The glittery, glammy assault of Reputation, Taylor Swift’s deafeningly anticipated sixth album, confirms the American singer’s status as one of the last true rock stars. She looms — over music, over social media, over the zeitgeist — as famous for her romantic adventures as for her pop. But her increasingly combative songs speak to a thrilling determination to take on all comers, regardless of, yes, the reputational consequences.
That’s potentially discommoding for anyone who thinks female pop stars should steer a fundamentally different course from head-banging rockers, but a delight for those who recognise a preening rock deity when they see one.
Anger is the dominant emotion on Reputation, a record that emerges from a tsunami of feuds, disses, rumours, and hype. Tay Tay’s ongoing stand off with Kanye West is the inspiration not only for wham-bam single, ‘Look What You Made Me Do’, but also the trippy clubland pell-mell of ‘This Is Why We Can’t Have Nice Things’.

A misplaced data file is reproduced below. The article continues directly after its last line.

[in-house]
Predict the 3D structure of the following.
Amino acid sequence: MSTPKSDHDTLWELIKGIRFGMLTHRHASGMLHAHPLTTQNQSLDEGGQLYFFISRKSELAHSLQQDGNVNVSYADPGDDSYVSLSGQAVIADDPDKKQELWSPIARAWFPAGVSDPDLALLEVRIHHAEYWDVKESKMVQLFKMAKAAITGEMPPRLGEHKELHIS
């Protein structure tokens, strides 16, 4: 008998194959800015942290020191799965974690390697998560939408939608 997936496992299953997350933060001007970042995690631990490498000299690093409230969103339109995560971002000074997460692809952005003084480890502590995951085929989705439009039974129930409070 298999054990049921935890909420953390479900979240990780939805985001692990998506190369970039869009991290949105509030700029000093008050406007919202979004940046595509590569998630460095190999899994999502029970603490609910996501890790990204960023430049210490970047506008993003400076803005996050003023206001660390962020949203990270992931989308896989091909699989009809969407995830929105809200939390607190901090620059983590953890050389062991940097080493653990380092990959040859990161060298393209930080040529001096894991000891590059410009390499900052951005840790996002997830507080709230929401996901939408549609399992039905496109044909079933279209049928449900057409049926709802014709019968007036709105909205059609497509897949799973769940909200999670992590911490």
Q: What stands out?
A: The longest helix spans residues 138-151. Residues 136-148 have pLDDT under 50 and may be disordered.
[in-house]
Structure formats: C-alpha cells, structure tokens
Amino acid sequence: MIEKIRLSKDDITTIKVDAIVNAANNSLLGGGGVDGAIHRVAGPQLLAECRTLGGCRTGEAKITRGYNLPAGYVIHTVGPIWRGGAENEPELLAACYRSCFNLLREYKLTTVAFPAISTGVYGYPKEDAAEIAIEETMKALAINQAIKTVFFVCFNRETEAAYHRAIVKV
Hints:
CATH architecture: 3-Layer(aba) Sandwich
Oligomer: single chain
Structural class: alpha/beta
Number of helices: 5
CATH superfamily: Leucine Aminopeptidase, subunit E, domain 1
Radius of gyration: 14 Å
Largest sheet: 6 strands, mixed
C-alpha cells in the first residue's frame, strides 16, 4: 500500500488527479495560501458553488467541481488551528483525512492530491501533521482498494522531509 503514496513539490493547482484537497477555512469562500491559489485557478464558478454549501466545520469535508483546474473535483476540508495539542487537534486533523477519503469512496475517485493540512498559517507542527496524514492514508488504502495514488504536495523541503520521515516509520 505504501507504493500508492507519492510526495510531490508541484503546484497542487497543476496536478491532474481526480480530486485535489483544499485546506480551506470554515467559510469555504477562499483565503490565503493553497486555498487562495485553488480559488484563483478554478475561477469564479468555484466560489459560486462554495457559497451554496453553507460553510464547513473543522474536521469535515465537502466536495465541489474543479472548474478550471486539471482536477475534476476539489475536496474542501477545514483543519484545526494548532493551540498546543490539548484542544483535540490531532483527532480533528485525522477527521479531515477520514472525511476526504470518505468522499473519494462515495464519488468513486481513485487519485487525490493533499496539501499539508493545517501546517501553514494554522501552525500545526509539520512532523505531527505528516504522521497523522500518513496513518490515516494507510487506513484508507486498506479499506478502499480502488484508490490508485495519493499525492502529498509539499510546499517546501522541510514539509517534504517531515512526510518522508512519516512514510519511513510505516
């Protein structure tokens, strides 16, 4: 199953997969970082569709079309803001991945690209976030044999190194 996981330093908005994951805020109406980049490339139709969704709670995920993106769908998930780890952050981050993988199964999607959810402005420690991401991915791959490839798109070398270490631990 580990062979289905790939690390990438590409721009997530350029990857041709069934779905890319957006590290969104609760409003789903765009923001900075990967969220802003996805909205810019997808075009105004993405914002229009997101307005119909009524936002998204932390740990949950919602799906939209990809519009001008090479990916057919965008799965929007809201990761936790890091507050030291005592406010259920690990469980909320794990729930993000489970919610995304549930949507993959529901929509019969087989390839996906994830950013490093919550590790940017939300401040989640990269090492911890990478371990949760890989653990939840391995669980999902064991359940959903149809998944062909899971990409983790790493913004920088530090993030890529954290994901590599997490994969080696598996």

The target practice doesn’t end with an eccentric rapper. In the liner notes, Swift despairs that her lyrics will be deconstructed and misconstrued by a celebrity gossip complex determined to break down her life into a series of break-ups and hook-ups, and there is a sense, throughout Reputation, that the artist’s greatest ire is reserved for the fame monster that has made her both ubiquitous and frequently disparaged.
"My reputation’s never been worse, so,” she coos in her sugar shriek on ‘Delicate’. “You must like me for me.”
Around these uncompromising sentiments, Swift and her songwriting team — including St Vincent collaborator Jack Antonoff — have woven a springy dance-floor tapestry, brimming with angular beats, jack-knifing tempo changes, and melodies spun from the hardest candy.
Only at the end does she take off the mask and bear her heart, with the acoustic ‘New Year’s Day’.
As journey into the inner life of one of music’s biggest celebrities, Reputation is riveting. As pop album, it is extraordinary.